Against the Tide by Elizabeth Camden
Publication Date: October 1st, 2012
Publisher: Bethany House
Genre: Historical Fiction
As a child, Lydia Pallas became all too familiar with uncertainty when it came to the future. Now, she's finally carved out a perfect life for herself--a life of stability and order with no changes, surprises, or chaos of any kind. She adores her apartment overlooking the bustling Boston Harbor, and her skill with languages has landed her a secure position as a translator for the U.S. Navy.
However, it is her talent for translation that brings her into contact with Alexander Banebridge, or "Bane," a man who equally attracts and aggravates her. When Bane hires Lydia to translate a seemingly innocuous collection of European documents, she hesitantly agrees, only to discover she is in over her head.
Just as Bane's charm begins to win her over, Lydia learns he is driven by a secret campaign against some of the most dangerous criminals on the East Coast, compelled by his faith and his past. Bane forbids any involvement on Lydia's part, but when the criminals gain the upper hand, it is Lydia on whom he must depend.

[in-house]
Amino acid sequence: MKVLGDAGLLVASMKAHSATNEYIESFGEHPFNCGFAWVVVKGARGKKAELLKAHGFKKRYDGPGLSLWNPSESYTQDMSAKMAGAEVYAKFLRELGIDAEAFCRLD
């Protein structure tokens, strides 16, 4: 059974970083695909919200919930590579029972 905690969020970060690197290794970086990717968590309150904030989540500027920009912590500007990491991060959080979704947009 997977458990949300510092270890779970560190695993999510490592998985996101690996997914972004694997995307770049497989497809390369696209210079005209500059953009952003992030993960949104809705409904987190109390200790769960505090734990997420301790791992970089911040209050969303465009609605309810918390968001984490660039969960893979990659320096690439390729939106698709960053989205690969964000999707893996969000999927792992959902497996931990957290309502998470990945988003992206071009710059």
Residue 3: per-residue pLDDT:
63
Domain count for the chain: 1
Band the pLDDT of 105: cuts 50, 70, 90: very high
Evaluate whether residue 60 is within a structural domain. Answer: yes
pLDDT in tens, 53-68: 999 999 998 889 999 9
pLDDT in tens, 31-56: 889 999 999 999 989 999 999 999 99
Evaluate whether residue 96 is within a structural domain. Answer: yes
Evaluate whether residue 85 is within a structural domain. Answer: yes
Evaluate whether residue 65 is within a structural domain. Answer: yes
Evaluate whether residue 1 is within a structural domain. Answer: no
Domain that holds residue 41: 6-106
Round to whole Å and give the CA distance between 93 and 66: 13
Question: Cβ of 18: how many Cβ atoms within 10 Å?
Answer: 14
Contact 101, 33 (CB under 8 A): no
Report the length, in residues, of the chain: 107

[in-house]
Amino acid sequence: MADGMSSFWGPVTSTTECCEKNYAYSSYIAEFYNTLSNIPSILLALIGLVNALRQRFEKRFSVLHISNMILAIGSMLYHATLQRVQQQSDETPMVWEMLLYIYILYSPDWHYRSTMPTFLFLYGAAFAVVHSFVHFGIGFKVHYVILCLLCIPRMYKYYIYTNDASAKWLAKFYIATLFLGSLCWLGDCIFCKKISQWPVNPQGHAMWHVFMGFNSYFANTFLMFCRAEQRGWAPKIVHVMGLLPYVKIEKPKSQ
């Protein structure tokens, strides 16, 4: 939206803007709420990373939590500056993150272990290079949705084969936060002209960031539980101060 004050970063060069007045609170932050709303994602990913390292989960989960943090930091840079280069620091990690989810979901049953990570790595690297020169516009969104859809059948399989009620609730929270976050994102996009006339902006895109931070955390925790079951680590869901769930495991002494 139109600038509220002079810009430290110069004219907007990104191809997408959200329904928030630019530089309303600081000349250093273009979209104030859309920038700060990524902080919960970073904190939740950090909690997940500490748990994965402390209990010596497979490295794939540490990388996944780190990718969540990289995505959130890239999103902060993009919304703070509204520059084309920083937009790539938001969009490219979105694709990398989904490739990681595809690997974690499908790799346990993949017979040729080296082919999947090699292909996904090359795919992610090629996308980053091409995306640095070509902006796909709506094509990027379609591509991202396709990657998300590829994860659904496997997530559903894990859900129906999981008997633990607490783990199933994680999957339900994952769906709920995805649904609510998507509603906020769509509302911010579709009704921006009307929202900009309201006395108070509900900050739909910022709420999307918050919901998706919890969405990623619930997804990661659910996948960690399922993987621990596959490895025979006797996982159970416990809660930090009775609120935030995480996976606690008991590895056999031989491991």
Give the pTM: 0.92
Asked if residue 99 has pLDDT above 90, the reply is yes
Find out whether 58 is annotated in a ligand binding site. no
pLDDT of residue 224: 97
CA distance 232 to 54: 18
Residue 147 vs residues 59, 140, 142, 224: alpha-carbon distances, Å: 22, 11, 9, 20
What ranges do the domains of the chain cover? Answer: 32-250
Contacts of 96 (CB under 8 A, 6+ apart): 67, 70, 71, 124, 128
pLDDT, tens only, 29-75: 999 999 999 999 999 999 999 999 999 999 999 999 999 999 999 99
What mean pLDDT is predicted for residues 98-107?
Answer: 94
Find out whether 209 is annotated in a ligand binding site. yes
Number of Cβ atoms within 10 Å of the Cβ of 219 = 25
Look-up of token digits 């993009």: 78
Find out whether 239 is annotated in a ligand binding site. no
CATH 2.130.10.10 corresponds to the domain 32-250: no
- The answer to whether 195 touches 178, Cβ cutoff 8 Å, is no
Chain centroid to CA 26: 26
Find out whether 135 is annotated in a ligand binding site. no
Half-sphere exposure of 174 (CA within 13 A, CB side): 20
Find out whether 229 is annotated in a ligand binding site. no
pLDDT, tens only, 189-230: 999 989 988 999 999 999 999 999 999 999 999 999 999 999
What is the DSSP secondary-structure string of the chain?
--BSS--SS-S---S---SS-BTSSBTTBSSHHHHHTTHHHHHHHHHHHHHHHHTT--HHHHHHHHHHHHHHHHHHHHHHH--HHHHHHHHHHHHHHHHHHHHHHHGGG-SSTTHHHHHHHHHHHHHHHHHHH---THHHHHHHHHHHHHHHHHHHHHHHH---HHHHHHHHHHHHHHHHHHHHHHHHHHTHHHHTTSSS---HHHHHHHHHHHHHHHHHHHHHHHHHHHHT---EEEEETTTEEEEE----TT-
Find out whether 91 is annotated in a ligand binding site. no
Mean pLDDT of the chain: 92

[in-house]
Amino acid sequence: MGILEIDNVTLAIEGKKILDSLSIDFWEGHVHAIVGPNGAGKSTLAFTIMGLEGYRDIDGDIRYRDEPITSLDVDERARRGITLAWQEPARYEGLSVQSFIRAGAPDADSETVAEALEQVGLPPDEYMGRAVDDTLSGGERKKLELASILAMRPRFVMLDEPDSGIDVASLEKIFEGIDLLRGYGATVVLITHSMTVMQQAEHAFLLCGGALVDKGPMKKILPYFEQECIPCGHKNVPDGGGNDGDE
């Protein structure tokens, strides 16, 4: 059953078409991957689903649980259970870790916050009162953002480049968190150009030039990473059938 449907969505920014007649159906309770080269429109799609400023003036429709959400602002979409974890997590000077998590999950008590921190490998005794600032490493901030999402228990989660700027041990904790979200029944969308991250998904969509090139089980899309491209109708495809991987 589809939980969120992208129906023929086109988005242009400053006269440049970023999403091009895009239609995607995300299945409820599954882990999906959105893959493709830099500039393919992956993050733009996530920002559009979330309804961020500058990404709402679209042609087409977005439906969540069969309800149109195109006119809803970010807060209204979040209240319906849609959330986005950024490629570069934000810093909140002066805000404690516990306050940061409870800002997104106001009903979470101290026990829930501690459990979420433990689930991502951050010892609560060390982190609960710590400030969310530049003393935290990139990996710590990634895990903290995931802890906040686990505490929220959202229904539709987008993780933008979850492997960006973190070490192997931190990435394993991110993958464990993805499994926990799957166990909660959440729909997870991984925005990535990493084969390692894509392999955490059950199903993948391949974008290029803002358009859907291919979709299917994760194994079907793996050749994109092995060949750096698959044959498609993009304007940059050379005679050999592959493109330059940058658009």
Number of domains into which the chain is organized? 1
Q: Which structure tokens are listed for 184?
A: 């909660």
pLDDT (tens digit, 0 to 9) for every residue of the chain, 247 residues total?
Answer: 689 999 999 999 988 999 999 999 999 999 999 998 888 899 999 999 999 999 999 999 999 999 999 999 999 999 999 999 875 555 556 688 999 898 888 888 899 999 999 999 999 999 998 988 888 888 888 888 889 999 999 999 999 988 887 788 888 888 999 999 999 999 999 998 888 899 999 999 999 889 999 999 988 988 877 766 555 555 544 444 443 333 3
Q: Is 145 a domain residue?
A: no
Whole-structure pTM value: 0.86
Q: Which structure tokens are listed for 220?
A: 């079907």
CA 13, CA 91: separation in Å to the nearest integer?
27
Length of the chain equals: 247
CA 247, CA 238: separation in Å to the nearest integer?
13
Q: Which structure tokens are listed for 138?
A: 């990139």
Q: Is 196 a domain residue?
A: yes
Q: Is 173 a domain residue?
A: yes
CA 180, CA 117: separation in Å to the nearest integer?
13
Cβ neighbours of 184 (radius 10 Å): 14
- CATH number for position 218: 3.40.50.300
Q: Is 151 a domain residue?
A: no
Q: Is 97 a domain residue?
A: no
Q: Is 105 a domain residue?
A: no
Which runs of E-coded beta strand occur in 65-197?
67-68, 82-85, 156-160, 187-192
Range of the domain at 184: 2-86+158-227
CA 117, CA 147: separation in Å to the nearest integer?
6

This was such a unique read for me. I was initially drawn to the cover, because I love historical fiction and sailing, but upon reading the synopsis it became a must read.
I haven’t read anything before set in Boston in the 1890s, nor have I read anything where the lead is a translator. Then there is the sub-plot of dismantling an underground opium trade… honestly, SO unique.
Against the Tide could be marketed as a romance (or more accurately a ‘soft’ romance) but I wouldn’t even go that far. This book is more about a woman learning to rely on herself and be strong by herself. Bane was certainly an interesting character and brought more of the sub-plot into play, but I don’t really see him as a swoony romantic interest.
My only big issue with this book was the amount of preaching. It is heavily leaning towards Christian romance in that Bane has found God and now wants everyone else to as well, especially Lydia. I understand the idea of this and feeling like this thing has saved you and you want everyone to be able to find strength in the same way, but Bane was really pressuring in my opinion and I felt very uncomfortable at times. And I’m a Catholic.
Lydia’s character was the best part of this book though. Her story was everything I wanted it to be. Her growth was perfect, her attitude was honest and relate-able. Then adding in some undercover spy-type goodness. It really was a treat. Bane was simply the catalyst that let Lydia find her own strength though.
I think I will look for more from this author but I will be bit more wary regarding the religious undertones which I am sure show in her other works. Camden has shown that she is a wonderful story-teller, historian and writer though with this book and I am eager to see what else she can come up with.